There is a very active community which is always helpful in answering questions.  There is also a new remote that is in development that will include a color LCD screen to display artwork, status, etc.

You can download the server software from www.slimdevices.com.  This software includes something called SoftSqueeze.  This is a software emulation of a Squeezebox.  You can use this to try everything out prior to purchasing a Squeezebox.

Which you chose depends on what is important to you.  If you are on a smaller budget, the Sonos is out of the picture.  If you want streamlined ease-of-use, Sonos is a better bet.  SlimDevices can run on a NAS and is actively supported in that configuration.

Good luck with whichever you choose.

(BTW, I don't work for Logitech, I'm just a happy owner of 2 squeezeboxes).

Looking for network-to-stereo appliance

Reply #3
I have a Roku Soundbridge M1001, Pinnacle branded.
Note that when you want to buy one, there's two version, Soundbridge Homemusic, which is a simplier one, it doesn't have nice big display and doesn't have Ethernet port. The other, normal is the Soundbridge, without the word "Homemusic".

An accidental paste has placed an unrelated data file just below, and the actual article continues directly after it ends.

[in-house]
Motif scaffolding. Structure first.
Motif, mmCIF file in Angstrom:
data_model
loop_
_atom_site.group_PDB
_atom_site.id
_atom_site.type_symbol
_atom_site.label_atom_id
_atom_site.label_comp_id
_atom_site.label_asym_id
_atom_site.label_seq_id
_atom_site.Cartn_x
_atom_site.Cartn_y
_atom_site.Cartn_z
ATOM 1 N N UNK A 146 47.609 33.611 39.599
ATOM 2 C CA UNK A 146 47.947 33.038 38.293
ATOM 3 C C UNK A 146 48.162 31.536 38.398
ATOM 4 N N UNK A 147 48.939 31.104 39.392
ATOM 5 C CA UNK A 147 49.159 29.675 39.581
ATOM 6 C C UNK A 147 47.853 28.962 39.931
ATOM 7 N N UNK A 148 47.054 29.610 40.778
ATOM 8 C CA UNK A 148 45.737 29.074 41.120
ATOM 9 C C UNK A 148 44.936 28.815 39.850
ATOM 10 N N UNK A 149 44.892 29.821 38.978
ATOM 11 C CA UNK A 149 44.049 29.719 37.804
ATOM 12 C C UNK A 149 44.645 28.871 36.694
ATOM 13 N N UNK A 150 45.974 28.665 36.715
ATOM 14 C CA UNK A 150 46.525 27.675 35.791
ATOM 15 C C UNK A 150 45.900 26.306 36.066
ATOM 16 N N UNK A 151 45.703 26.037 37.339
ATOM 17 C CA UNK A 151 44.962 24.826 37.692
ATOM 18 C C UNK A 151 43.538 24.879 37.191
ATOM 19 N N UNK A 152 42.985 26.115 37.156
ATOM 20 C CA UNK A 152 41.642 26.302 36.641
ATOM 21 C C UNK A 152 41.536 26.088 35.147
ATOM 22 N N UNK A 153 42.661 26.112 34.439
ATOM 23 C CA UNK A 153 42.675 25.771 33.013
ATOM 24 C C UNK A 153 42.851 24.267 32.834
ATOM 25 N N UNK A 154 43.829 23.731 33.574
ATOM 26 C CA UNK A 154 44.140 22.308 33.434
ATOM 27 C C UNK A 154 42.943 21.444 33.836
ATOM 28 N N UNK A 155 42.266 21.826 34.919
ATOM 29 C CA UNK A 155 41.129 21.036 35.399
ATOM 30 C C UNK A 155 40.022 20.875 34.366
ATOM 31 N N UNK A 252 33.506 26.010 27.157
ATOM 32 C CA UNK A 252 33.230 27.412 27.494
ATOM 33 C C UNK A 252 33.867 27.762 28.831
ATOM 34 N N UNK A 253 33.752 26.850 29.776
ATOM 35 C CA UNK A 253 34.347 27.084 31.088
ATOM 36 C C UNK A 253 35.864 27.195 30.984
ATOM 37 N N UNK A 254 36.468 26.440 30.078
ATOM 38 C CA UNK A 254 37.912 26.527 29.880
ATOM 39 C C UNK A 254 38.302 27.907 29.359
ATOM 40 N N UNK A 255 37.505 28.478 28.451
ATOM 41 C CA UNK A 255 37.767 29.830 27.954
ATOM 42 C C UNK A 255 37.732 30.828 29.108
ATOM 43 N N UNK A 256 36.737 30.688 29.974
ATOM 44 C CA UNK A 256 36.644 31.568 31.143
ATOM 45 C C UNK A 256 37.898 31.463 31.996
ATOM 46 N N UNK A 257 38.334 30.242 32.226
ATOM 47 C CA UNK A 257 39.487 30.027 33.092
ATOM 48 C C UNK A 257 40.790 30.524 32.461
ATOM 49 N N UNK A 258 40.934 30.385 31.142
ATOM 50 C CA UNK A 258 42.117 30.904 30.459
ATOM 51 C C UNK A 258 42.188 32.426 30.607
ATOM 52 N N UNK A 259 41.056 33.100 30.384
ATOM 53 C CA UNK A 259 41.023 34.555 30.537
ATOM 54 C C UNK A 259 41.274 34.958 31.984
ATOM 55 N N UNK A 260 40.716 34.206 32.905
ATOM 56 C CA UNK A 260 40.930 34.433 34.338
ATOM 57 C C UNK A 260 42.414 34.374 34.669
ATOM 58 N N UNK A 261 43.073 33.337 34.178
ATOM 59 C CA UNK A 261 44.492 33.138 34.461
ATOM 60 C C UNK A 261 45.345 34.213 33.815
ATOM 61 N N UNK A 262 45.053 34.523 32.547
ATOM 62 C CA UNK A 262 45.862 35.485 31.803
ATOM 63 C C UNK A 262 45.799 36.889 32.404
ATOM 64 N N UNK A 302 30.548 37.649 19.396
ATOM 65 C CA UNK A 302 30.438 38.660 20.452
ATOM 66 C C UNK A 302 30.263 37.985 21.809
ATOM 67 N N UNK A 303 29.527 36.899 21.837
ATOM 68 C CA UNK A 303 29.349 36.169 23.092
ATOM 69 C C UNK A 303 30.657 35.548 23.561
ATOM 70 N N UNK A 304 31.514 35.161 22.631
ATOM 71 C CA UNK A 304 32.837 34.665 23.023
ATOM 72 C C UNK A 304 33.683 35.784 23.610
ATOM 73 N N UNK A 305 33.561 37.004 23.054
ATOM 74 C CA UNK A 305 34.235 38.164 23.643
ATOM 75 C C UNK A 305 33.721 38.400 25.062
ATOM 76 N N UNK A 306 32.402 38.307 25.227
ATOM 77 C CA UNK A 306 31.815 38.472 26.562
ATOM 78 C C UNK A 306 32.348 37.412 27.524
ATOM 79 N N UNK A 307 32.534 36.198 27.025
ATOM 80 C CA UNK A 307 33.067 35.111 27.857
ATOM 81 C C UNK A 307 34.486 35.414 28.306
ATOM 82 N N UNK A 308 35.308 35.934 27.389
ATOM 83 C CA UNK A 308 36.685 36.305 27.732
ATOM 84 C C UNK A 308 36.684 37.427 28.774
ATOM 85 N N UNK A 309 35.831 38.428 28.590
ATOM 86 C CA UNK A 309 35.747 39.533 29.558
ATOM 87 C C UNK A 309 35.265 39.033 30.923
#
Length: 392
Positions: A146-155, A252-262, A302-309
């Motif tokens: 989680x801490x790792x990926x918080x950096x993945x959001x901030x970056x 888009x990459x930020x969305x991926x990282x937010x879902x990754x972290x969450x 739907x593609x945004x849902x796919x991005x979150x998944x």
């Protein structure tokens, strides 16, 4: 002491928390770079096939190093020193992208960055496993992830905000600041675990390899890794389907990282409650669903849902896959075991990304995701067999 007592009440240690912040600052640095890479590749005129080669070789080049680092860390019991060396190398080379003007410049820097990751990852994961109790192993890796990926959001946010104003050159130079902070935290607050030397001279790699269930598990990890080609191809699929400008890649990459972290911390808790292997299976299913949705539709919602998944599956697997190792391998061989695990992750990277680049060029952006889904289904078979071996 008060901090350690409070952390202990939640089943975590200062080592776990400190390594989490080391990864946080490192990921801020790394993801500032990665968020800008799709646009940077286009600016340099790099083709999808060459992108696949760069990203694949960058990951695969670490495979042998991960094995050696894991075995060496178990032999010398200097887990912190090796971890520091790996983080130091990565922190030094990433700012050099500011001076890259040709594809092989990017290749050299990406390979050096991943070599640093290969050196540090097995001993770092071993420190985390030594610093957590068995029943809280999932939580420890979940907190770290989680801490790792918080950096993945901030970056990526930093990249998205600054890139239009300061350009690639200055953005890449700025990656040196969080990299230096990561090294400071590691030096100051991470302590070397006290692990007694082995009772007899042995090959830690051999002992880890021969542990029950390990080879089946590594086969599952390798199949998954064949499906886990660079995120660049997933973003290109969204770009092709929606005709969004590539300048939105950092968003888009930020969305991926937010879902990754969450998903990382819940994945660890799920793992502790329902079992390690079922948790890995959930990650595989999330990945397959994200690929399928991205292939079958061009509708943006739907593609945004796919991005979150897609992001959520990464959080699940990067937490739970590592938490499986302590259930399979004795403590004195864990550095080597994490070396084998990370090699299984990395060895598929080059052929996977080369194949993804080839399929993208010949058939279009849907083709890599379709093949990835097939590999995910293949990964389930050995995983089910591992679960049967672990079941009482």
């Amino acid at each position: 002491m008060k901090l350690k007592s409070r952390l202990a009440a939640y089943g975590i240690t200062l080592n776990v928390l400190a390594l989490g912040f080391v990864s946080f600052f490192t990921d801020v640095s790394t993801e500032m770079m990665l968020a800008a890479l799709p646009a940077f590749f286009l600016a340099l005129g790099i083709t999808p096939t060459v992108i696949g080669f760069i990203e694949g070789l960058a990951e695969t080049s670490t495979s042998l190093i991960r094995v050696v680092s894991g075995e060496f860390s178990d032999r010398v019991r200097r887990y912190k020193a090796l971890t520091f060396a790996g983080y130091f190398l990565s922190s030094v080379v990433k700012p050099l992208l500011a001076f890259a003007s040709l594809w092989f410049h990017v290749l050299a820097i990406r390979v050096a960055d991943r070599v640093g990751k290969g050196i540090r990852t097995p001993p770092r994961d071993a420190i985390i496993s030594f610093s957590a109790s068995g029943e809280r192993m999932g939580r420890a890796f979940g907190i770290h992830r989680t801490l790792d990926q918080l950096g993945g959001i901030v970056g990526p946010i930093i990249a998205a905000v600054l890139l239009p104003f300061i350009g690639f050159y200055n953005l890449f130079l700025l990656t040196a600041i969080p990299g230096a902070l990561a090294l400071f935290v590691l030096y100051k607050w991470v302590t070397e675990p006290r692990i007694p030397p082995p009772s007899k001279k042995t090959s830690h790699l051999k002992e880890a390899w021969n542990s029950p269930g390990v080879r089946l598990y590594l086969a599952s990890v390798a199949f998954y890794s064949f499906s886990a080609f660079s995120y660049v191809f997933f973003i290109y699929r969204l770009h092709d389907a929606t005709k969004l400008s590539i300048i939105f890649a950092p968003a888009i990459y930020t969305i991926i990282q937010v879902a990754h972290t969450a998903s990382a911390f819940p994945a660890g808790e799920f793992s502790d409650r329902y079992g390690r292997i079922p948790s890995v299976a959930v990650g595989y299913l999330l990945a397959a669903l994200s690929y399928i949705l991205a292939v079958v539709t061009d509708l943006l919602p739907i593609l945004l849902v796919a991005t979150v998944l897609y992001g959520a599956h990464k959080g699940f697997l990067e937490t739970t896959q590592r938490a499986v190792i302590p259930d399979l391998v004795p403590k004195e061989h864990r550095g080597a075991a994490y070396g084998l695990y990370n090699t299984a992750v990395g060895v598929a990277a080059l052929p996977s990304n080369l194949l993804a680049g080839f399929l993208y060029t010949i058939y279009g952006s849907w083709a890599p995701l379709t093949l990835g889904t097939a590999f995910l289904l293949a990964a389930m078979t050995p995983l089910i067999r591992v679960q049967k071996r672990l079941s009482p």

It's very nice and sweet little device, I like it very much, however it has some drawback, which was not obvious before I bought it.
- First, when using it with its native server, the Firefly server, doesn't support "folder browsing", so you cannot go through your folders and files as they are reside on the HDD. You only see the albums, based on tagging info. That mean if you don't use tagging, you will not see your albums (they will be just all together in the Songs section). Of course, you can use some other servers, which support folder browsing, like TVersity or Twonkymedia, so this might be not problem for everybody.
- It doesn't support FLAC natively, so the server must transcode FLAC files to WAV on-the-fly. Firefly Server does this wonderfully.
- Then there's a minor hardware related thing, which can problem for perfectionist audiophiles, that the M1001 model resamples everything to 48 kHz in the output.

But it has many advantages also, for example it can use many servers, which are UPNP compatible. Didn't tried it with any standalone NAS so far, but it worked nicely with the PC using Firefly/TwonkyMedia/Fuppes UPNP server.

I consider to buying a Squeezebox also, because it support native folder browsing, plays FLAC, and it's audiophile. But it can only use their own Slimserver. Sometime in the future, I plan to make/buy some standalone NAS which can run SlimServer without using the PC.


Looking for network-to-stereo appliance

Reply #5
Roku Soundbridge.

Looking for network-to-stereo appliance

Reply #6
[quote author=Light-Fire link=msg=514442 date=1188957934]Roku Soundbridge.[/quote]

It would help a lot if the original poster would indicate his goals and constraints:

1.  What's his budget?

2.  How geeky does he want to get - is he prepared to install open-source software on third-part hardware or does he want something that works out-of-the-box?